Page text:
if(val == 1) {
      debug_print("from timer triggering PIN_A\n");
      execute_a();
    }
  }
}

BLYNK_WRITE(V9) { ///< disable/enable timers
  int val = param.asInt();
  timer_enabled = val;
  debug_print("timers enabled: %i \n", val);
}

BLYNK_CONNECTED() {
  Blynk.syncVirtual(V9); //enable/disable timers
  Blynk.syncVirtual(V8); //trigger_a from timer
  Blynk.syncVirtual(V7); //
  Blynk.syncVirtual(V6);
  Blynk.syncVirtual(V5);
  Blynk.syncVirtual(V2);
  Blynk.syncVirtual(V1);
  Blynk.syncVirtual(V0);
}

///---------- MAIN STUFF ----------

void setup() {
  pinMode(D5, OUTPUT_OPEN_DRAIN);
  pinMode(D6, OUTPUT_OPEN_DRAIN);
  digitalWrite(D5, 1);
  digitalWrite(D6, 1);

  Serial.begin(9600);
  Blynk.begin(auth, ssid, pass, "yourblynkserver.example.com", 8442);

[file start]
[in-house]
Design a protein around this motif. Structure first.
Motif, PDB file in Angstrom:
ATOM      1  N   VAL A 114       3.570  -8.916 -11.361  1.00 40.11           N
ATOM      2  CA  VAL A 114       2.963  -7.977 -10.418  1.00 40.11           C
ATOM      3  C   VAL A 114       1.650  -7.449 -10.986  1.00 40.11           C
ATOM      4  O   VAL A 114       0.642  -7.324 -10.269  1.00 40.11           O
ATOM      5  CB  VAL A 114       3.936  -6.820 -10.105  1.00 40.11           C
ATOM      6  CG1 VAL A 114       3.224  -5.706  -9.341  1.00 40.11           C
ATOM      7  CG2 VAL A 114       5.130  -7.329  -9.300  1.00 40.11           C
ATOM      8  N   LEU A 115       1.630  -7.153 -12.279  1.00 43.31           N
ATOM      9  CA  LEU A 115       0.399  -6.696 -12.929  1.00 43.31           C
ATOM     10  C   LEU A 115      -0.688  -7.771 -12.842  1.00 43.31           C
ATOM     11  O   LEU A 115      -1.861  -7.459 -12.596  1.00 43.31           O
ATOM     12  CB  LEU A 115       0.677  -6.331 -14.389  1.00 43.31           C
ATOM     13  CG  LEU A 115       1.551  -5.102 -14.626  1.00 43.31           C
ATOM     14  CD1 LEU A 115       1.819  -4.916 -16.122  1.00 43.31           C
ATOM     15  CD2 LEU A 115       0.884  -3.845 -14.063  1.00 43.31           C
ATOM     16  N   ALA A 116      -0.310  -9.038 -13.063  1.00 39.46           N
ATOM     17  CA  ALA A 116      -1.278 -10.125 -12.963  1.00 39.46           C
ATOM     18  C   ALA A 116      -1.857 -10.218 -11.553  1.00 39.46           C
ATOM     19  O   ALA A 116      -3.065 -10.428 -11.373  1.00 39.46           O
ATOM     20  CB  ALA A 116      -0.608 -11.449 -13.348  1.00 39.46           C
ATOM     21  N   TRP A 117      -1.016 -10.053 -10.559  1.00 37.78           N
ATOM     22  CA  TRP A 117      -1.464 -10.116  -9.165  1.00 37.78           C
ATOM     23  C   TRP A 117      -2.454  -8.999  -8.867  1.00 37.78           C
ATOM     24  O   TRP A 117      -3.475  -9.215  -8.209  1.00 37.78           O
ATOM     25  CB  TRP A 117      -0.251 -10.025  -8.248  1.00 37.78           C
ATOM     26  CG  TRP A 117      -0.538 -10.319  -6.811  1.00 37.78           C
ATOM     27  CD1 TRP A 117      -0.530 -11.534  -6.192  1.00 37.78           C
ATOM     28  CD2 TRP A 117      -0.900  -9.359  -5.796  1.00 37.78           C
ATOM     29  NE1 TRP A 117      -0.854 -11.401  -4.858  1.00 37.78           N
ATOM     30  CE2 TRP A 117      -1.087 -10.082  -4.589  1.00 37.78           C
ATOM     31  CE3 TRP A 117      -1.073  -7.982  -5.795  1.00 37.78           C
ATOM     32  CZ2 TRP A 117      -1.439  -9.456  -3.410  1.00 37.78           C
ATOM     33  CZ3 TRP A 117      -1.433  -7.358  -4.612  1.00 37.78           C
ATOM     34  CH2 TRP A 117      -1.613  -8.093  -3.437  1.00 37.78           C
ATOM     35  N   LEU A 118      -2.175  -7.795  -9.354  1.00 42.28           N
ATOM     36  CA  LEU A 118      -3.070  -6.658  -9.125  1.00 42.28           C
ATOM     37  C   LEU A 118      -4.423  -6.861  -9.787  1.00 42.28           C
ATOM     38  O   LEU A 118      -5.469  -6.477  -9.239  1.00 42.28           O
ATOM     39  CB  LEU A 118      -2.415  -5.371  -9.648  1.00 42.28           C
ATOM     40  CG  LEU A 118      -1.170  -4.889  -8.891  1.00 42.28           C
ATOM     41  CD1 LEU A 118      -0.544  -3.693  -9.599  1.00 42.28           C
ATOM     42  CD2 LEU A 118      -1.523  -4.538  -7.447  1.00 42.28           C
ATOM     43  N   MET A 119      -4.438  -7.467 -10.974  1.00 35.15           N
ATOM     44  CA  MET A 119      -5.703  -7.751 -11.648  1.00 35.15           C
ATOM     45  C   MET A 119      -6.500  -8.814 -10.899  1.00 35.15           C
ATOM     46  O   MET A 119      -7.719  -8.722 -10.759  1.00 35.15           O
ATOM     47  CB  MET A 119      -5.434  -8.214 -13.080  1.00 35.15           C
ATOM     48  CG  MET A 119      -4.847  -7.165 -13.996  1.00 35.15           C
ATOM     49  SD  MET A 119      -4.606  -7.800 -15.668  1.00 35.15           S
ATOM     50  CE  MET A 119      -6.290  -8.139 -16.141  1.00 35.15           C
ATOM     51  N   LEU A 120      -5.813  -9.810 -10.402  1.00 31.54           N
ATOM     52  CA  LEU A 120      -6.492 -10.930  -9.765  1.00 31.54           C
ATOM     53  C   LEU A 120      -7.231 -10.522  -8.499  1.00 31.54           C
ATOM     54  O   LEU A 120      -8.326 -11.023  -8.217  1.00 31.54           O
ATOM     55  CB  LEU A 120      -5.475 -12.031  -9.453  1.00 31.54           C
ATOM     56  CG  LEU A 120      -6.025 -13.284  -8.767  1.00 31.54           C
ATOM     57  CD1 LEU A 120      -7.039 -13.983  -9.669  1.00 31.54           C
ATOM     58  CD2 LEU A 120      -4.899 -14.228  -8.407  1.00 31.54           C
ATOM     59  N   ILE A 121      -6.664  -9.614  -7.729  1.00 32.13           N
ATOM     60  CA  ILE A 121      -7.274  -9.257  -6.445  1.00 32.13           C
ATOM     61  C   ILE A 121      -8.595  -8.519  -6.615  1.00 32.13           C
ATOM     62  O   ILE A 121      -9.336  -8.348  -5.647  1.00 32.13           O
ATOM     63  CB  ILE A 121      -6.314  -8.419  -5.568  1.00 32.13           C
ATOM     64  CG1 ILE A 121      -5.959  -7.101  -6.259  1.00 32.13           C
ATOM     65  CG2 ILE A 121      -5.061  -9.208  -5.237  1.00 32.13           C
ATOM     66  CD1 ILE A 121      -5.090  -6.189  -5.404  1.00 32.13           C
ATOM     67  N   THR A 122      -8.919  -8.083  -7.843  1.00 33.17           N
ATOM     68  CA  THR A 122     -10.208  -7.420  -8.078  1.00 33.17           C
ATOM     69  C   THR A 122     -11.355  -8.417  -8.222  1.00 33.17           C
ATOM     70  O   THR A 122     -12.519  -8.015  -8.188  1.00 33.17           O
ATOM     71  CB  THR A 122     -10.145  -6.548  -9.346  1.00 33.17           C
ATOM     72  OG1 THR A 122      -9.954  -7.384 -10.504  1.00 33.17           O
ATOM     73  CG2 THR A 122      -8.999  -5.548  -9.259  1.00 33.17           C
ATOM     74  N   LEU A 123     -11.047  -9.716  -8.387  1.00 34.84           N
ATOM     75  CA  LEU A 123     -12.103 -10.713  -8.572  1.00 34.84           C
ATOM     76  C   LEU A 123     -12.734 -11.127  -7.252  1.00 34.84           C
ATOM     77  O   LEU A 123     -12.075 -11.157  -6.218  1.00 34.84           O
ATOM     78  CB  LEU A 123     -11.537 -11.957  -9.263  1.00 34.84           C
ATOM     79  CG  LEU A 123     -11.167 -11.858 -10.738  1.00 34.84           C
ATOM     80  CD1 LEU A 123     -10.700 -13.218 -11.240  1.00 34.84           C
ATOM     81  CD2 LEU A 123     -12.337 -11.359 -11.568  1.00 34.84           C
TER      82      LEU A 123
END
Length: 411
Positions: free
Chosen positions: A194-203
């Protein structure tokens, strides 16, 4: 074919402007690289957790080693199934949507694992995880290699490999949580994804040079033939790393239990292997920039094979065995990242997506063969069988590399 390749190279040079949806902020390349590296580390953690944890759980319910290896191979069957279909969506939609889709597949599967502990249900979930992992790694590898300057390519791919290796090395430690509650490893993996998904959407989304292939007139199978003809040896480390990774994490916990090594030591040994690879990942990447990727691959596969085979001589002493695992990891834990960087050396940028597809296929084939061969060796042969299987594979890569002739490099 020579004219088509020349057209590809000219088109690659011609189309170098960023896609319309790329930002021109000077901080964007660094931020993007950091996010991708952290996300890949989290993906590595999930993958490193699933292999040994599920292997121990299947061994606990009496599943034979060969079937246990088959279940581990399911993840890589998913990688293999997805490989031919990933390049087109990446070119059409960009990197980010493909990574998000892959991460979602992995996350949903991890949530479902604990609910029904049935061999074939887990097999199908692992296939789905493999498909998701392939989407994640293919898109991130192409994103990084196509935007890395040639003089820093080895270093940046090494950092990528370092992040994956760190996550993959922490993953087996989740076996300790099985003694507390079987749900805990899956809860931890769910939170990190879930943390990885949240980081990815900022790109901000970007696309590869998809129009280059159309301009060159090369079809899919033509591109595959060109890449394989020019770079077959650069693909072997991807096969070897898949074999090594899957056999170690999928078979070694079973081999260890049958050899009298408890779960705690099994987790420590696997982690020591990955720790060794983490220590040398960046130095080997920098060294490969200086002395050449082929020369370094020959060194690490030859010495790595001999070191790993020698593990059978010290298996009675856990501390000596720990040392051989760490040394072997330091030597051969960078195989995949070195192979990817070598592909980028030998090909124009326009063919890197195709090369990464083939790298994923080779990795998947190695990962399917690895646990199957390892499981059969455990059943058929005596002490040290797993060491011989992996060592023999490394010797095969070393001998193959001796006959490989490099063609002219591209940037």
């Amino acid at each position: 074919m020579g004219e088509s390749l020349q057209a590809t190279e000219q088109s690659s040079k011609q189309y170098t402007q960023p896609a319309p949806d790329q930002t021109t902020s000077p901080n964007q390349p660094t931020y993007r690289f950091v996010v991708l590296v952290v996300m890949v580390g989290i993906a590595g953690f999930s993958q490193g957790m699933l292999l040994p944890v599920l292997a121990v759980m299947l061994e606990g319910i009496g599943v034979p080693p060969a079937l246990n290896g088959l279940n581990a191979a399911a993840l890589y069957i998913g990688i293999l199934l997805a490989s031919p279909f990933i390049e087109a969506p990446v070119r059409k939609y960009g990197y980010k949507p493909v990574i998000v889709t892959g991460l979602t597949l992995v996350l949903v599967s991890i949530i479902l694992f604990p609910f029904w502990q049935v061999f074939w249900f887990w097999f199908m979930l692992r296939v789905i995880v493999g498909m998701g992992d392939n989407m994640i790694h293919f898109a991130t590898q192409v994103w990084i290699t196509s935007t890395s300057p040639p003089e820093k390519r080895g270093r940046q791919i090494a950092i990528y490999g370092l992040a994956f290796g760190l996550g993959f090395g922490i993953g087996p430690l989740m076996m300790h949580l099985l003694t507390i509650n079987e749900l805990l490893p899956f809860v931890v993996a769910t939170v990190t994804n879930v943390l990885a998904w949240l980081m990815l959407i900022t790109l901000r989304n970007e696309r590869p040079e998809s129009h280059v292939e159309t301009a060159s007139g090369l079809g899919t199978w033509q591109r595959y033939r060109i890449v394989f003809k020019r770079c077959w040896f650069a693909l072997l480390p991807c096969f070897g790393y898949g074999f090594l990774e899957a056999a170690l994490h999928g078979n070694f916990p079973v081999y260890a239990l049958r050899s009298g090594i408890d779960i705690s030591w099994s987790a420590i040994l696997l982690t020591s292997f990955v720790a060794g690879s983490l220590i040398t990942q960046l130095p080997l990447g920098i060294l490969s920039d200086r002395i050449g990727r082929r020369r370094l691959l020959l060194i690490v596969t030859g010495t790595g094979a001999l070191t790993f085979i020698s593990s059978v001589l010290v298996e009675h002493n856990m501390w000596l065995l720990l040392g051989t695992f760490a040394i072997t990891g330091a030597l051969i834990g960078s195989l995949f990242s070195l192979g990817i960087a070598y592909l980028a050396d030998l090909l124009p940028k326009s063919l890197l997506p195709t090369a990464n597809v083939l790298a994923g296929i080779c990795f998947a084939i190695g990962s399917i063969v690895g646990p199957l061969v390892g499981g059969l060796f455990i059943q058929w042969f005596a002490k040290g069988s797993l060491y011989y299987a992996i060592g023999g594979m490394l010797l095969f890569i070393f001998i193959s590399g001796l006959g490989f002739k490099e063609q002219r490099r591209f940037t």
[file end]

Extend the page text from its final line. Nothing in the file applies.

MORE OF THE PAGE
}

void loop() {
  Blynk.run();
  timer_pin_a.run();
  timer_pin_b.run();
  timer_half_open.run();
}

If you want to use this code right away you have to change a few things before uploading.

Changing things before uploading it to your ESP8266

First of all:

static char auth[] = "YOUR_AUTH_KEY";
static char ssid[] = "YOUR_WIFI_SSID";
static char pass[] = "YOUR_PASSWORD";

Change this to your wifi and change YOUR_AUTH_KEY to your Blynk-Project auth key. You can get it in your Project Settings under "Auth Token".

static uint8_t pin_a = D5;
static uint8_t pin_b = D6;

Change this to your used pins.

  Blynk.begin(auth, ssid, pass, "yourblynkserver.example.com", 8442);

and of course this line, either to your own Blynk server or the official one. More on how to setup your Blynk Project: https://docs.blynk.cc/

really simple...

In case you have another remote control: solder the ground from your ESP8266 to the ground connector at the battery connection. One ground-battery connection is connected to the other plus-battery connection so be careful. (two batteries in series)